Gianfranco Rosi and Donatella Palermo



Directed by: Gianfranco Rosi
Written by: Gianfranco Rosi
Cinematography by: Gianfranco Rosi
Music by: Stefano Grosso
Distributed by: 01 Distribution
Release Date: September 2, 2016 (Telluride)
Language: Italian


FILM SYNOPSIS: When hundreds of thousands of African and Middle Eastern refugees flee their homes, their first stop in Europe is often the Sicilian island of Lampedusa. While the local doctor struggles to provide the new arrivals with healthcare, other residents, such as 12-year-old Samuele and his friends, go about their everyday lives with almost no interaction with the immigrants.

Stagnant shots, a young boy with a lazy eye, and boatloads of refugees dying at sea comprise the documentary “Fire At Sea.” Slow and plodding, the documentary mainly follows a young boy who has very little to do with the actual premise of the film, as he wanders around his island hometown with a friend, shooting slingshots, getting seasick on his father’s boat, and visiting the local doctor. The doctor is the connecting thread here, as he delves into the horrors that he has seen in treating those refugees that end up on their island when their boats wash ashore. By the end, the documentary hits its stride, showing frontline footage of the coast guard pulling people off a ship that is simply jam-packed with refugees, some which did not live to see the end of the trip. That produces some real emotions in people and makes you seriously wonder what you would do to find freedom in another country. Overall, however, this particular documentary feels weighted down by the stagnant shot choices and wildly off topic subject matter.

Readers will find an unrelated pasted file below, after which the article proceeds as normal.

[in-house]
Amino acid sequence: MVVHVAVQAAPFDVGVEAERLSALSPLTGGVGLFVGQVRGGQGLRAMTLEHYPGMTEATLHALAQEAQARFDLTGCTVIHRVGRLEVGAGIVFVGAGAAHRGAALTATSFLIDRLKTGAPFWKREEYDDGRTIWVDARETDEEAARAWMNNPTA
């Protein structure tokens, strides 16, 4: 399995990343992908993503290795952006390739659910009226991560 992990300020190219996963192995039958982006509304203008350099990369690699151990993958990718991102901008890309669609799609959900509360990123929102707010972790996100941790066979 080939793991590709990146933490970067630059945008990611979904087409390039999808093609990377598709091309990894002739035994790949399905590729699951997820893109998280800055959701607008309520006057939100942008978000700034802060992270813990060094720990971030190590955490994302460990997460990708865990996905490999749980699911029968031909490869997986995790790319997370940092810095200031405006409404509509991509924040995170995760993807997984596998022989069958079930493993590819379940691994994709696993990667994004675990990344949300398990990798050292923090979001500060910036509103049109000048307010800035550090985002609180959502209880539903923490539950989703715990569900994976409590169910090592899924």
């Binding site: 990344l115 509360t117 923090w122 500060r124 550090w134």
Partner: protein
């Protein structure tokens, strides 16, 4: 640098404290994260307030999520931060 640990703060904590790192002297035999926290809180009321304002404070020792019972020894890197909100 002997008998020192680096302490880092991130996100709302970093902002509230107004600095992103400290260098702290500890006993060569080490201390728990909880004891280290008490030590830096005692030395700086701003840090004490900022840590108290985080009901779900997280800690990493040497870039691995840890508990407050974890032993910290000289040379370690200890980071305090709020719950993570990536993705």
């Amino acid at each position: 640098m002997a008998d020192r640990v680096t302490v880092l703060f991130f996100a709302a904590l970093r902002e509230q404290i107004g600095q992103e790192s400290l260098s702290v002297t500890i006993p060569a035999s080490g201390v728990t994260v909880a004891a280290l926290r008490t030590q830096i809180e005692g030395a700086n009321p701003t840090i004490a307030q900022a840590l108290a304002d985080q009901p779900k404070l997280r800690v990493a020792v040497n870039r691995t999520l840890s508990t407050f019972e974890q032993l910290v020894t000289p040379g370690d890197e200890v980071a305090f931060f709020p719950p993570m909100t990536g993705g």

What’s its competition? Besides the idea of refugees finding their way to Europe, “Fire At Sea” never actually goes into much detail as to why this is happening, where they will eventually be headed, or what can be done to fix this immigration danger, whereas a film like “13th” clearly spells out a problem in the U.S. and shows the steps it took to get to that problem. “Fire At Sea” never feels like a once-in-a-lifetime experience, whereas this could have been done by anyone in this particular area and does not feel very inspired on top of that. “O.J.: Made In America” has a helluva lot more Oscar buzz behind it, even still, and “Life, Animated” tells a distinct, unique story and does so with creativity and interesting characters. I would personally place “Fire At Sea” at the bottom of the barrel.

Previous nominations? These are the first Academy Award nominations for Gianfranco Rosi and Donatella Palermo.

iamnotyournegro_documentary lifeanimated_documentary ojmadeinamerica_documentary 13th_documentary

// Produced by Gianfranco Rosi and Donatella Palermo // Directed by Gianfranco Rosi //
// Dated Viewed: Saturday, January 28th, 2017 // Streaming // 43 films – 30 days //

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